While China-based Kingship Marine has built more multi-hull ferries than yachts, it sees a way to bring together the best of each world. The KingCat 40M offers the space and comfort advantages of a catamaran, and a high-speed catamaran at that. Simultaneously, the project is a true superyacht, for an owner’s party of 10 and seven to nine crew.
Roger Liang, Kingship’s CEO, asserts that commercially built catamarans in Asia employ more advanced technology than yachts typically do. “Design and development have been on a continuous curve in this part of the world for the past couple of decades, particularly because you cannot operate ferries once they are 25 years old,” he explains. This, he continues, means fast, aluminum cats, dot Asian waters. Naturally, many come from his shipyard.
To ensure the KingCat 40M has strong engineering underpinning, Kingship turned to Incat Crowther. The studio has abundant experience in multi-hulls, arguably more than most. For her cruising-oriented looks, meanwhile, the shipyard approached Vripack.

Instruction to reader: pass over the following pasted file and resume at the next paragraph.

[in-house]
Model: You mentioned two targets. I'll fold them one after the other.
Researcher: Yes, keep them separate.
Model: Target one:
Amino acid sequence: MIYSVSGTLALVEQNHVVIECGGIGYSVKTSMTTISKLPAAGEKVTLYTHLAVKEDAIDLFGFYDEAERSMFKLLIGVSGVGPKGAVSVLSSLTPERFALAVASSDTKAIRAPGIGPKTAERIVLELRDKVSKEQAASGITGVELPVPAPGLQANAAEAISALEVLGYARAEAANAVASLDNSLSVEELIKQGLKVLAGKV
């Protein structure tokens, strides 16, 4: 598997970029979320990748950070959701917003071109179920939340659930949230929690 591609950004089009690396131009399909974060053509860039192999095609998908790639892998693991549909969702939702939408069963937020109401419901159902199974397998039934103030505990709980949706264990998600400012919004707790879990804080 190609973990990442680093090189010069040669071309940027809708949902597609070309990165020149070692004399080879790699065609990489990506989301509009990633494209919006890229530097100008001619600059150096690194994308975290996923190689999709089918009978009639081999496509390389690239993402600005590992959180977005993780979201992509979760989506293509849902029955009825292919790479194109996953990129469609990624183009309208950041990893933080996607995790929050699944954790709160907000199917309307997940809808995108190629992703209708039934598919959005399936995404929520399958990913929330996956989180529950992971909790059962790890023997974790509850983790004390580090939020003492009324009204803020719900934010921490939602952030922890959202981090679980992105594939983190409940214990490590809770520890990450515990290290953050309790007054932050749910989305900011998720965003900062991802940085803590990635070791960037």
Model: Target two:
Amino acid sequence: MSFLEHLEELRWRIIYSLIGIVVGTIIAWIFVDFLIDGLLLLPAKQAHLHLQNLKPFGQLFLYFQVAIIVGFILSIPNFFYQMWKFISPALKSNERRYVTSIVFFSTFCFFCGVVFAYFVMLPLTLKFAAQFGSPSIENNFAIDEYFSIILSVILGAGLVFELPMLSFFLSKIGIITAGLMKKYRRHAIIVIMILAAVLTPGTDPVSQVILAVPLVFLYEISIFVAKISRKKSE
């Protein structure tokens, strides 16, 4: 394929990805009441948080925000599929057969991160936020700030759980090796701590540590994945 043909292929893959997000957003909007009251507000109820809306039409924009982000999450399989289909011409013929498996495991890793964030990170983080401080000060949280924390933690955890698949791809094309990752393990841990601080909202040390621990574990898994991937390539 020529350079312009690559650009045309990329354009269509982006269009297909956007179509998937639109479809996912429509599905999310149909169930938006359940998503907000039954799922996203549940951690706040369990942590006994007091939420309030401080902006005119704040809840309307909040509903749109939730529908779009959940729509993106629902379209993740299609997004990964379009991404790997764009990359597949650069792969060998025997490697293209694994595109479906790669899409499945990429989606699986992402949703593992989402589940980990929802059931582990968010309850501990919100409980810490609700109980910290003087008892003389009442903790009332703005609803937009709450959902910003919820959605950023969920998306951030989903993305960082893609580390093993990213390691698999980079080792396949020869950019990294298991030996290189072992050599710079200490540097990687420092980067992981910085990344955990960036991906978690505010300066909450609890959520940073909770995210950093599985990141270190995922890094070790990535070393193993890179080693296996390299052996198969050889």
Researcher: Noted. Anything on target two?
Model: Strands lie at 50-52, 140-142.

With a 19-foot (5.9-meter) beam, the megayacht can hold the toys owners wish, either on the bow or elsewhere. Furthermore, she has the stateroom and lounging space to arrange to individual preferences. The biggest talking point, though, is the anticipated performance. Twin 1,300-hp MTUs with waterjets should allow this 130-footer (40-meter) to make a healthy cruising speed of 31 knots. Compare that with a traditional monohull megayacht of the same LOA. On average, she cruises closer to 20 knots, under higher-horsepower engines, plus burns more fuel. Multi-hulls, meanwhile, are renowned for their fuel efficiency. Specifically where the KingCat 40M is concerned, Kingship anticipates one-third to one-half the fuel consumption of a monohull.
With the growing desire to explore farther afield, Kingship believes more yacht owners will investigate multi-hulls over traditional yachts. For instance, unlike the short hops common in the Med, cruising Indonesia and other rising destinations involves long distances. Furthermore, with a shallow draft of 3’9” (1.2 meters), the KingCat 40M can take on some of the shallowest waters of the world.
Incat Crowther incatcrowther.com